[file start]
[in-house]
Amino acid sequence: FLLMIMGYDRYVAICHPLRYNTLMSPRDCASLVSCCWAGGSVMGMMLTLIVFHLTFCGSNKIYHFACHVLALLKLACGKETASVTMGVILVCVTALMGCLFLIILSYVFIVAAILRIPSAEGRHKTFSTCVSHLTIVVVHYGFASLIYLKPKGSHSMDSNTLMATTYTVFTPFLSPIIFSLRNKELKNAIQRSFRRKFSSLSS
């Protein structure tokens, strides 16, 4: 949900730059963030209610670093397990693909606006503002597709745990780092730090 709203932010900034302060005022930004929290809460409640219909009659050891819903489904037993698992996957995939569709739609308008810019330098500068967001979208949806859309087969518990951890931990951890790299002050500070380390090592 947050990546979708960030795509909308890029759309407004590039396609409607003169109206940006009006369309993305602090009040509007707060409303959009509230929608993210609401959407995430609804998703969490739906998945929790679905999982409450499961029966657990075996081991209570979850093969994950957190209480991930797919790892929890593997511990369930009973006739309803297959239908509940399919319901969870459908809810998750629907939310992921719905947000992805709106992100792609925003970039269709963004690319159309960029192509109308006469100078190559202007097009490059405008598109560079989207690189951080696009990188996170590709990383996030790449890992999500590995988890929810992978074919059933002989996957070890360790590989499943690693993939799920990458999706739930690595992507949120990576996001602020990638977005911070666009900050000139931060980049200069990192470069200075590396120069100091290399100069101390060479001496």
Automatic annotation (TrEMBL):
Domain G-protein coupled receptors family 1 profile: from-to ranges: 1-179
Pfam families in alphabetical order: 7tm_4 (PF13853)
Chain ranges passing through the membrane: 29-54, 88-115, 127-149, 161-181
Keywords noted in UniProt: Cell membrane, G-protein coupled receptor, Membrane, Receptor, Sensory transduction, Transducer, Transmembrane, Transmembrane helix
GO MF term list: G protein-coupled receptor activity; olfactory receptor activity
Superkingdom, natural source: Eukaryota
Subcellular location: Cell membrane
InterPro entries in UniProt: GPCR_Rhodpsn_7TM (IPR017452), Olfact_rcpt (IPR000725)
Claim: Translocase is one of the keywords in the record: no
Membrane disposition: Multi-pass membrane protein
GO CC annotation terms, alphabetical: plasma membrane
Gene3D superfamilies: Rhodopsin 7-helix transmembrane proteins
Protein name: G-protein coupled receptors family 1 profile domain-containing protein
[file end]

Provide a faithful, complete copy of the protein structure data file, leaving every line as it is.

[in-house]
Amino acid sequence: FLLMIMGYDRYVAICHPLRYNTLMSPRDCASLVSCCWAGGSVMGMMLTLIVFHLTFCGSNKIYHFACHVLALLKLACGKETASVTMGVILVCVTALMGCLFLIILSYVFIVAAILRIPSAEGRHKTFSTCVSHLTIVVVHYGFASLIYLKPKGSHSMDSNTLMATTYTVFTPFLSPIIFSLRNKELKNAIQRSFRRKFSSLSS
């Protein structure tokens, strides 16, 4: 949900730059963030209610670093397990693909606006503002597709745990780092730090 709203932010900034302060005022930004929290809460409640219909009659050891819903489904037993698992996957995939569709739609308008810019330098500068967001979208949806859309087969518990951890931990951890790299002050500070380390090592 947050990546979708960030795509909308890029759309407004590039396609409607003169109206940006009006369309993305602090009040509007707060409303959009509230929608993210609401959407995430609804998703969490739906998945929790679905999982409450499961029966657990075996081991209570979850093969994950957190209480991930797919790892929890593997511990369930009973006739309803297959239908509940399919319901969870459908809810998750629907939310992921719905947000992805709106992100792609925003970039269709963004690319159309960029192509109308006469100078190559202007097009490059405008598109560079989207690189951080696009990188996170590709990383996030790449890992999500590995988890929810992978074919059933002989996957070890360790590989499943690693993939799920990458999706739930690595992507949120990576996001602020990638977005911070666009900050000139931060980049200069990192470069200075590396120069100091290399100069101390060479001496």
Automatic annotation (TrEMBL):
Domain G-protein coupled receptors family 1 profile: from-to ranges: 1-179
Pfam families in alphabetical order: 7tm_4 (PF13853)
Chain ranges passing through the membrane: 29-54, 88-115, 127-149, 161-181
Keywords noted in UniProt: Cell membrane, G-protein coupled receptor, Membrane, Receptor, Sensory transduction, Transducer, Transmembrane, Transmembrane helix
GO MF term list: G protein-coupled receptor activity; olfactory receptor activity
Superkingdom, natural source: Eukaryota
Subcellular location: Cell membrane
InterPro entries in UniProt: GPCR_Rhodpsn_7TM (IPR017452), Olfact_rcpt (IPR000725)
Claim: Translocase is one of the keywords in the record: no
Membrane disposition: Multi-pass membrane protein
GO CC annotation terms, alphabetical: plasma membrane
Gene3D superfamilies: Rhodopsin 7-helix transmembrane proteins
Protein name: G-protein coupled receptors family 1 profile domain-containing protein